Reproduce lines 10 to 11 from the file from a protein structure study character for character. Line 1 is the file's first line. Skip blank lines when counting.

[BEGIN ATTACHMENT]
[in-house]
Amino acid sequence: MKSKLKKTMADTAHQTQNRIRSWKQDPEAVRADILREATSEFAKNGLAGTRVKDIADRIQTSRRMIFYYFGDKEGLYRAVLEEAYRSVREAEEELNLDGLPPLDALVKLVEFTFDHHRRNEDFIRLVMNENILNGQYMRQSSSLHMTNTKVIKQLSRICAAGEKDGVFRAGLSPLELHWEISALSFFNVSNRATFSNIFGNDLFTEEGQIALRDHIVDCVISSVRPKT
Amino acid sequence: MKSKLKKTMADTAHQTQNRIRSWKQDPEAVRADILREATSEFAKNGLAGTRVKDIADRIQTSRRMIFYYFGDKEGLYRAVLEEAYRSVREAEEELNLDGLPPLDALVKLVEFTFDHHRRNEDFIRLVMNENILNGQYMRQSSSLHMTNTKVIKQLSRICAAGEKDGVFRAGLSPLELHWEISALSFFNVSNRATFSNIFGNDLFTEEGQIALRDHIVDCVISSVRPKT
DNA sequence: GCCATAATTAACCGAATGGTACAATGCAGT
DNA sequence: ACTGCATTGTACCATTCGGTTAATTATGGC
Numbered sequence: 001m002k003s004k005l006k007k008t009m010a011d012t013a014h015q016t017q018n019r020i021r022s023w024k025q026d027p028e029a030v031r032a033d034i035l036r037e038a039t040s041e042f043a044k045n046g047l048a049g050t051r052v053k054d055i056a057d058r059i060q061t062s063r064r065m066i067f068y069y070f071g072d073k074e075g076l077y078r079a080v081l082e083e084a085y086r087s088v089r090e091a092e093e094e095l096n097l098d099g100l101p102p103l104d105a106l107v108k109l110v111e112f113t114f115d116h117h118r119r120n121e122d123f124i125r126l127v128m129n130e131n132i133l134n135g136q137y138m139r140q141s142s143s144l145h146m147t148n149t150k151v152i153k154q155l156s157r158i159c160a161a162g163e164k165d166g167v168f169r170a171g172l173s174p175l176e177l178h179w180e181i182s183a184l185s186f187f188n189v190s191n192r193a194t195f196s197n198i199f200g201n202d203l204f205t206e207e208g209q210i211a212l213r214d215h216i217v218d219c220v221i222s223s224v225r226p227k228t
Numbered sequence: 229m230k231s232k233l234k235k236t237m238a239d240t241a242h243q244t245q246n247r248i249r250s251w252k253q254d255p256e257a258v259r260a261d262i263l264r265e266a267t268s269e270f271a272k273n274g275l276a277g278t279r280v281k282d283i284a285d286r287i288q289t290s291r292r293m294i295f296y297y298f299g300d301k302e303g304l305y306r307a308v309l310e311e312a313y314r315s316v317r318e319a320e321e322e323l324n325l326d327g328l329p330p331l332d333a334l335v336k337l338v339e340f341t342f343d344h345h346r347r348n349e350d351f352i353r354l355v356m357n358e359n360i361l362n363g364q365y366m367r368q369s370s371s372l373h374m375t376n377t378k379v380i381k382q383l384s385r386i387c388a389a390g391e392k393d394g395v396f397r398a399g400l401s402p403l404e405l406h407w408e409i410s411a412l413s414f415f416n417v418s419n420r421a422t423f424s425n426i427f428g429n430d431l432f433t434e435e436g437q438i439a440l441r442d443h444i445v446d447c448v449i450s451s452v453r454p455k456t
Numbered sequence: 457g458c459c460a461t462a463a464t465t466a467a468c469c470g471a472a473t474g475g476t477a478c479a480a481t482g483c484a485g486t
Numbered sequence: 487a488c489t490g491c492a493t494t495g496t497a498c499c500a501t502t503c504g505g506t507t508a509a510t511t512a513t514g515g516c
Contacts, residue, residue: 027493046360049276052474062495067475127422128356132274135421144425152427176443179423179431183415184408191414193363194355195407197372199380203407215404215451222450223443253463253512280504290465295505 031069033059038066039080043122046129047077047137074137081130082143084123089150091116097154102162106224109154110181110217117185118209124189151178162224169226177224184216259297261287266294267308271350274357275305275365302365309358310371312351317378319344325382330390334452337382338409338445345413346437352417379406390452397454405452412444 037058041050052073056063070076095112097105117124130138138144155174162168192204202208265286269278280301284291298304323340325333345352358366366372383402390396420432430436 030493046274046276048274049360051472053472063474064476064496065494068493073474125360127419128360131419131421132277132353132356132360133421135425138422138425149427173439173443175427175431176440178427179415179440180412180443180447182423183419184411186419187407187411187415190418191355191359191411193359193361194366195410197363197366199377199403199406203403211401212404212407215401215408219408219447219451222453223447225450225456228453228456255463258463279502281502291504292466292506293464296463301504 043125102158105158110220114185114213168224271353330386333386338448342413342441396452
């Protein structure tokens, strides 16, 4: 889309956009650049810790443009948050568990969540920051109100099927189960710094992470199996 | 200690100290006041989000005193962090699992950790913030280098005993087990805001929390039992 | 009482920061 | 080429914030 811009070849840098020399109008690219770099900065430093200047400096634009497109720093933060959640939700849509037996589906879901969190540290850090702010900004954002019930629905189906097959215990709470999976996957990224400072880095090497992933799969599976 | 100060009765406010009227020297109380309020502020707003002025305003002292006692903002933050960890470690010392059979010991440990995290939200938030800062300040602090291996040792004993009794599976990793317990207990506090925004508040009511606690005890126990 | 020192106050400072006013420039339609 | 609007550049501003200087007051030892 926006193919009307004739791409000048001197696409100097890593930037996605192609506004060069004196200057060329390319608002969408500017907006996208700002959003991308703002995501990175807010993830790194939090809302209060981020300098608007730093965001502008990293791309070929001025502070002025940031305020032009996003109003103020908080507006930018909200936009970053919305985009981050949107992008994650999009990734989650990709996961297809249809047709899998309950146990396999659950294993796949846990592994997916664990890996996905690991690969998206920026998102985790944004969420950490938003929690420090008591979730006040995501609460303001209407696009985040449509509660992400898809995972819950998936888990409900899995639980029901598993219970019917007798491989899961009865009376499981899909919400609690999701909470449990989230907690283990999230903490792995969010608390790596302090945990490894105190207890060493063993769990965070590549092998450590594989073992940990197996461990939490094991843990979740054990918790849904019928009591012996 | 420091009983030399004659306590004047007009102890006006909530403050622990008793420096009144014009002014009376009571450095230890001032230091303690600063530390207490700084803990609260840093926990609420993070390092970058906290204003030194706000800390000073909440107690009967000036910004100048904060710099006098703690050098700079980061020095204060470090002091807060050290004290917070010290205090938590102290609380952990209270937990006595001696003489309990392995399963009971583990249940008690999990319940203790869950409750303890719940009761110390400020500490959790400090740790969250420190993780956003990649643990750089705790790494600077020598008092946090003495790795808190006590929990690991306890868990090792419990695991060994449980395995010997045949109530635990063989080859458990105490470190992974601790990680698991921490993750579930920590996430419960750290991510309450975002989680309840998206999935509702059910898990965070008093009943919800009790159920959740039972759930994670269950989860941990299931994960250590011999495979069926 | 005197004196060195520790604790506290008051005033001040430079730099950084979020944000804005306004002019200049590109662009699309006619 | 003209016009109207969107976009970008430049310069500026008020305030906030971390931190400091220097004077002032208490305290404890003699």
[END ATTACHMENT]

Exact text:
Contacts, residue, residue: 027493046360049276052474062495067475127422128356132274135421144425152427176443179423179431183415184408191414193363194355195407197372199380203407215404215451222450223443253463253512280504290465295505 031069033059038066039080043122046129047077047137074137081130082143084123089150091116097154102162106224109154110181110217117185118209124189151178162224169226177224184216259297261287266294267308271350274357275305275365302365309358310371312351317378319344325382330390334452337382338409338445345413346437352417379406390452397454405452412444 037058041050052073056063070076095112097105117124130138138144155174162168192204202208265286269278280301284291298304323340325333345352358366366372383402390396420432430436 030493046274046276048274049360051472053472063474064476064496065494068493073474125360127419128360131419131421132277132353132356132360133421135425138422138425149427173439173443175427175431176440178427179415179440180412180443180447182423183419184411186419187407187411187415190418191355191359191411193359193361194366195410197363197366199377199403199406203403211401212404212407215401215408219408219447219451222453223447225450225456228453228456255463258463279502281502291504292466292506293464296463301504 043125102158105158110220114185114213168224271353330386333386338448342413342441396452
């Protein structure tokens, strides 16, 4: 889309956009650049810790443009948050568990969540920051109100099927189960710094992470199996 | 200690100290006041989000005193962090699992950790913030280098005993087990805001929390039992 | 009482920061 | 080429914030 811009070849840098020399109008690219770099900065430093200047400096634009497109720093933060959640939700849509037996589906879901969190540290850090702010900004954002019930629905189906097959215990709470999976996957990224400072880095090497992933799969599976 | 100060009765406010009227020297109380309020502020707003002025305003002292006692903002933050960890470690010392059979010991440990995290939200938030800062300040602090291996040792004993009794599976990793317990207990506090925004508040009511606690005890126990 | 020192106050400072006013420039339609 | 609007550049501003200087007051030892 926006193919009307004739791409000048001197696409100097890593930037996605192609506004060069004196200057060329390319608002969408500017907006996208700002959003991308703002995501990175807010993830790194939090809302209060981020300098608007730093965001502008990293791309070929001025502070002025940031305020032009996003109003103020908080507006930018909200936009970053919305985009981050949107992008994650999009990734989650990709996961297809249809047709899998309950146990396999659950294993796949846990592994997916664990890996996905690991690969998206920026998102985790944004969420950490938003929690420090008591979730006040995501609460303001209407696009985040449509509660992400898809995972819950998936888990409900899995639980029901598993219970019917007798491989899961009865009376499981899909919400609690999701909470449990989230907690283990999230903490792995969010608390790596302090945990490894105190207890060493063993769990965070590549092998450590594989073992940990197996461990939490094991843990979740054990918790849904019928009591012996 | 420091009983030399004659306590004047007009102890006006909530403050622990008793420096009144014009002014009376009571450095230890001032230091303690600063530390207490700084803990609260840093926990609420993070390092970058906290204003030194706000800390000073909440107690009967000036910004100048904060710099006098703690050098700079980061020095204060470090002091807060050290004290917070010290205090938590102290609380952990209270937990006595001696003489309990392995399963009971583990249940008690999990319940203790869950409750303890719940009761110390400020500490959790400090740790969250420190993780956003990649643990750089705790790494600077020598008092946090003495790795808190006590929990690991306890868990090792419990695991060994449980395995010997045949109530635990063989080859458990105490470190992974601790990680698991921490993750579930920590996430419960750290991510309450975002989680309840998206999935509702059910898990965070008093009943919800009790159920959740039972759930994670269950989860941990299931994960250590011999495979069926 | 005197004196060195520790604790506290008051005033001040430079730099950084979020944000804005306004002019200049590109662009699309006619 | 003209016009109207969107976009970008430049310069500026008020305030906030971390931190400091220097004077002032208490305290404890003699």